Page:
Cas Public’s 9, now at the Linbury Theatre is a curious mix, big ideas but flawed execution. It’s a combination of dance and film, aimed at both adults and children, and takes on the issues of hearing impairment and its impacts, ostensibly referencing both Beethoven and his final symphony and the hearing loss of one of the five dancers of the company. It’s certainly ambitious to deal with all of this in just under an hour, and 9 doesn’t really integrate its constituent parts successfully. The dancers are energetic, committed and capable, but the dance material becomes repetitive and not easily identifiable with the professed theme.
Choreographer Hélène Blackburn founded the company in 1989 in Montreal, and has produced a number of works aimed at children as well as adults, though this doesn’t mean she’s interested in cute or sweet subjects. Here she has collaborated with Belgian youth theatre Kopergietery, and there are four young children on stage alongside the adult performers. The stage is strewn with wooden chairs, some primary school size, other more miniature and some tiny. The teensiest are set up on a table, like chess pieces. The children start stacking the chairs into towers carefully supervised by the adults, who fling bigger ones around more boisterously.
Cai Glover strides to the front of the stage, ceremoniously removes his hearing aid and leaves it on a chair. Five black clad dancers appear in a series of solos and duets, each highlighted by strong spotlights. There’s much business with chairs, thrown around, stacked, then toppled. These episodes are intercut with snippets of film showing a young deaf boy adjusting his hearing aids, expressing his difficulties in following what’s going on around him, isolation and longing to be understood. Dance episodes are intermittently filmed by a toy remote control car which zips nimbly around the stage, with the footage projected onto the screen above. The car provided welcome lively fun: it is used at the close to deliver Glover’s hearing aid back to him.
The dance language is a mash-up of contemporary and classical. Often legs take classical positions, and perform neat jumps, while the upper body employs a kind of urgent, energetic semaphore with wind-milling arms and waggling fingers. At one point the lone female dancer dons pointe shoes for a solo. Dancing is punctuated by much shouting and growling. Performers drop to all fours and howl like dogs. One of the young girls is invited to join in here; understandably she doesn’t look at all keen. Children on stage aren’t given much autonomy, dutifully shepherded around by adults and mostly sit still. Putting children up there without giving them much to do isn’t necessarily a way to appeal to their peers. In the film, other children appear more independent. But though they brandish the same chairs the link between the world of the stage and that of the screen still isn’t convincingly bridged.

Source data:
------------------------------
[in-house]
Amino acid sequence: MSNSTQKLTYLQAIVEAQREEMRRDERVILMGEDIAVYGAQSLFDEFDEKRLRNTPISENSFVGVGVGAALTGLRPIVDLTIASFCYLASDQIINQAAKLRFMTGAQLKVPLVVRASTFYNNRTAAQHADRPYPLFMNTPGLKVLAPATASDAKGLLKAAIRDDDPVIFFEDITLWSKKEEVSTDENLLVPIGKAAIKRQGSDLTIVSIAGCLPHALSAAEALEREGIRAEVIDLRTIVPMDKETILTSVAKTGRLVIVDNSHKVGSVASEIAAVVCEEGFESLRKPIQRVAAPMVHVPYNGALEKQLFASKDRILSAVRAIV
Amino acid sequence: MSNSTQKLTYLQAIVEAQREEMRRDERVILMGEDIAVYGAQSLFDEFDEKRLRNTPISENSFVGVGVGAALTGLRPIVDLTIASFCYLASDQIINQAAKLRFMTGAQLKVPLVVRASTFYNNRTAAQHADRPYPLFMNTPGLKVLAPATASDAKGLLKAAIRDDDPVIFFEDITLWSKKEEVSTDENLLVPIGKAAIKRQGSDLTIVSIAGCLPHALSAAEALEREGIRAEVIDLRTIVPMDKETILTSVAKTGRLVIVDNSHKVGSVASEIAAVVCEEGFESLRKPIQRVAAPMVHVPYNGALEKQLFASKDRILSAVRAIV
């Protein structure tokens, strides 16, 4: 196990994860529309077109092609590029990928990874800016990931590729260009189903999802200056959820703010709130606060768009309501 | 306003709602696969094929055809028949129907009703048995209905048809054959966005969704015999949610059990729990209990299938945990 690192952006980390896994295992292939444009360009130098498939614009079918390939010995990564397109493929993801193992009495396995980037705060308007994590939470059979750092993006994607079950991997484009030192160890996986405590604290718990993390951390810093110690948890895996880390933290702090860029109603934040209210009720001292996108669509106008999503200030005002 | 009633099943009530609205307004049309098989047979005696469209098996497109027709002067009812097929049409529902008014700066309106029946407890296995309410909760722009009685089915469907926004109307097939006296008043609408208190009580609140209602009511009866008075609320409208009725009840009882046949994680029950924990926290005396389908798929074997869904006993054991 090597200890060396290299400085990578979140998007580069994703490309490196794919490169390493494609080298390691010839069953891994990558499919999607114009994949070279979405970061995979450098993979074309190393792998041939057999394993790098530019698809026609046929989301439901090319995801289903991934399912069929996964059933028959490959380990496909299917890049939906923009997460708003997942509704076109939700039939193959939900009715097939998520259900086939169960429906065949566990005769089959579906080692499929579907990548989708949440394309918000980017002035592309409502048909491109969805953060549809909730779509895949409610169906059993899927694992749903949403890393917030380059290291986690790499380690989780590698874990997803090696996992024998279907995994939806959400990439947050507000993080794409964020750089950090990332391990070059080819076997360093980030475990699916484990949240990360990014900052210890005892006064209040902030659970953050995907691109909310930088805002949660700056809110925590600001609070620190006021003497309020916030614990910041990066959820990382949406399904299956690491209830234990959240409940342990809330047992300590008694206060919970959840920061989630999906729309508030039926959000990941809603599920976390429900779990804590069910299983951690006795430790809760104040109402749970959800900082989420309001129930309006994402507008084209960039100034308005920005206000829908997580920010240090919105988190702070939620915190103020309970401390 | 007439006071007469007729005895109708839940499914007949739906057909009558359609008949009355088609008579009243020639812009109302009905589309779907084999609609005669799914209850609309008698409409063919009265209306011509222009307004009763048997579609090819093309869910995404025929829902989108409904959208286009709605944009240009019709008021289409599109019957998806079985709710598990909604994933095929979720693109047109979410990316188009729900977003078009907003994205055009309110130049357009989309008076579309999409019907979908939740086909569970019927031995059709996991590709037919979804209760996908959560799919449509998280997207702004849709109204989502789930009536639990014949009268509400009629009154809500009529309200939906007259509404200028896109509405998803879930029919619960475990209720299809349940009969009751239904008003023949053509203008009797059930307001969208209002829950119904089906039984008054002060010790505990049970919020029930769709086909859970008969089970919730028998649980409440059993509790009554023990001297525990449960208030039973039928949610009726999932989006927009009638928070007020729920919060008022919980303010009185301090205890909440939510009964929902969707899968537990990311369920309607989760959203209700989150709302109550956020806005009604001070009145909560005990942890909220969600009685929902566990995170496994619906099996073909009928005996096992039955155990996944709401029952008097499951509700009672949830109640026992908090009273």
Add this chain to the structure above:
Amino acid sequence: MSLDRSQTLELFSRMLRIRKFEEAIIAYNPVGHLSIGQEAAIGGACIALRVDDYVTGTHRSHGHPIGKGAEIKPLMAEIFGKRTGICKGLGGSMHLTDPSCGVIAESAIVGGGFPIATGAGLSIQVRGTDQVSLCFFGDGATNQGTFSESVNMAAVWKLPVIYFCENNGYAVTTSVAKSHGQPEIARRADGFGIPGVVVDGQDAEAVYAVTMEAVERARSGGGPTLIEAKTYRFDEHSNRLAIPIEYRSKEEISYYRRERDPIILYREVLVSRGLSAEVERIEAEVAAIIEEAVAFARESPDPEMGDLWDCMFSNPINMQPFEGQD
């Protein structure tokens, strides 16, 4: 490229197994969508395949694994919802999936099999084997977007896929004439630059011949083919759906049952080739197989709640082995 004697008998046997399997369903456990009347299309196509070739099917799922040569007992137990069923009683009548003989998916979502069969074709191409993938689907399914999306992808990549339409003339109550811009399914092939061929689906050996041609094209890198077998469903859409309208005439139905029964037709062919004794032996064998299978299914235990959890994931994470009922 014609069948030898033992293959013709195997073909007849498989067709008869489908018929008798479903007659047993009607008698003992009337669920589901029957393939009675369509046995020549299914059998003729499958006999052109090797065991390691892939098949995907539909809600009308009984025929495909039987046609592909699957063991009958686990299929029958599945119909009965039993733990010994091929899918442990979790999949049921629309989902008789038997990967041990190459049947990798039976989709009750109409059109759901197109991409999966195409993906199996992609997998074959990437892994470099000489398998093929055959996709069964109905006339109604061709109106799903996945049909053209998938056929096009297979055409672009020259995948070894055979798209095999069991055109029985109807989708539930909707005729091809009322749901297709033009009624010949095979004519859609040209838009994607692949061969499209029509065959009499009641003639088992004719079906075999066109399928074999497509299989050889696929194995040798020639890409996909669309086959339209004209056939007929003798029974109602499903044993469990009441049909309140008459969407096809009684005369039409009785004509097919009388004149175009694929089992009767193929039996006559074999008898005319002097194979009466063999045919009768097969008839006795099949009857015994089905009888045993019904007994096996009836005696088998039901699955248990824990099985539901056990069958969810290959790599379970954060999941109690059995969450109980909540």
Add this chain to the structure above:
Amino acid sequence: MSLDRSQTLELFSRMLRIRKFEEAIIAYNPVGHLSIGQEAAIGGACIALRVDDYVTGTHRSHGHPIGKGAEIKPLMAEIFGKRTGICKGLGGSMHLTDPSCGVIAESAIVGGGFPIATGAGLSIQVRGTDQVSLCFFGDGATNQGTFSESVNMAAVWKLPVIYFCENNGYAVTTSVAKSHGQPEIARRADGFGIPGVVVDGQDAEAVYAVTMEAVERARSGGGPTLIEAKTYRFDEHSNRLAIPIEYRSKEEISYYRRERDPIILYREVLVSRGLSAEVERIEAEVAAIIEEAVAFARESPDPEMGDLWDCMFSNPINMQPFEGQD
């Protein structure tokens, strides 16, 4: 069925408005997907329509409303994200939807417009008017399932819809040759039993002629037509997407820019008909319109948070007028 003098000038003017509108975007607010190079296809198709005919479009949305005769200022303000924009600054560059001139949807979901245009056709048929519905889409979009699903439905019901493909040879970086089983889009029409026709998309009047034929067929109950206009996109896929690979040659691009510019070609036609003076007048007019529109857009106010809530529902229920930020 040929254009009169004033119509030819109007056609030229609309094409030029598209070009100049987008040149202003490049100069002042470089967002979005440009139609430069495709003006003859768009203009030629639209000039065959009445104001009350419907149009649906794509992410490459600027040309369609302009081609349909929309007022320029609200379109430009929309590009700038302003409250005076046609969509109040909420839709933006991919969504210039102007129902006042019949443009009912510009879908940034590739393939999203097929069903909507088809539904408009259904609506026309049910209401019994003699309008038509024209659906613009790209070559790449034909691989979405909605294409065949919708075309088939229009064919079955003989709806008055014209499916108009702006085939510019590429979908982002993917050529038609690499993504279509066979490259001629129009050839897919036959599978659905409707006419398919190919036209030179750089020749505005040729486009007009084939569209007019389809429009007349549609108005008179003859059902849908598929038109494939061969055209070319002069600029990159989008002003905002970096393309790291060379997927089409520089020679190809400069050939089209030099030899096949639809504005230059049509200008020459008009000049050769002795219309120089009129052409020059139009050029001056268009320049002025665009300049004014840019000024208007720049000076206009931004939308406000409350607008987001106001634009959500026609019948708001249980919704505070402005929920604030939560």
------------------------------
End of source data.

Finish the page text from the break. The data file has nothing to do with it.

A voiceover tells us that hearing loss isn’t like any other disability and specifically not like blindness where everyone can tell you have a problem, so it seems distinctly odd that the female dancer puts on a blindfold and performs a complex duet where she is swung, turned and lifted. If this is an attempt to show the impact of hearing loss it doesn’t convince.
So, what of Beethoven and the 9th? Curiously, despite the many references in the programme, his name isn’t in the credits. Music is listed as by Martin Tétreault. What he has provided is a patchwork of samples where bits of the work surface (tantalisingly) infrequently in snatches, sometimes overlaid with competing noise, though there’s very little of the silence mentioned in the publicity. The programme booklet is substantial for so short a work and is again an odd mix. There are articles about the nature of hearing loss alongside pieces clearly aimed at children like Who was Beethoven? What is a symphony? But don’t expect to get an answer to those questions by viewing the work. The 9th may be lent on quite heavily in the publicity material but feels much less evident in performance.
The commitment of the excellent, likeable dancers and that cheery toy car were the best things about the production. But at nearly an hour it became repetitive. Many costume changes couldn’t conceal the sameness of those spot-lit solos, and there were a series of false endings. The sparse audience were nevertheless enthusiastic.
The Linbury was less than half full and there weren’t a lot of children present. Last month the performances of the wonderful Isango Ensemble there also had many empty seats. Publicity for smaller visiting companies here seems scant. Cas Public are back here next season with Les Beaux dormants. No doubt they hope for bigger things. The Linbury is potentially a vibrant venue: let’s hope it attracts new audiences.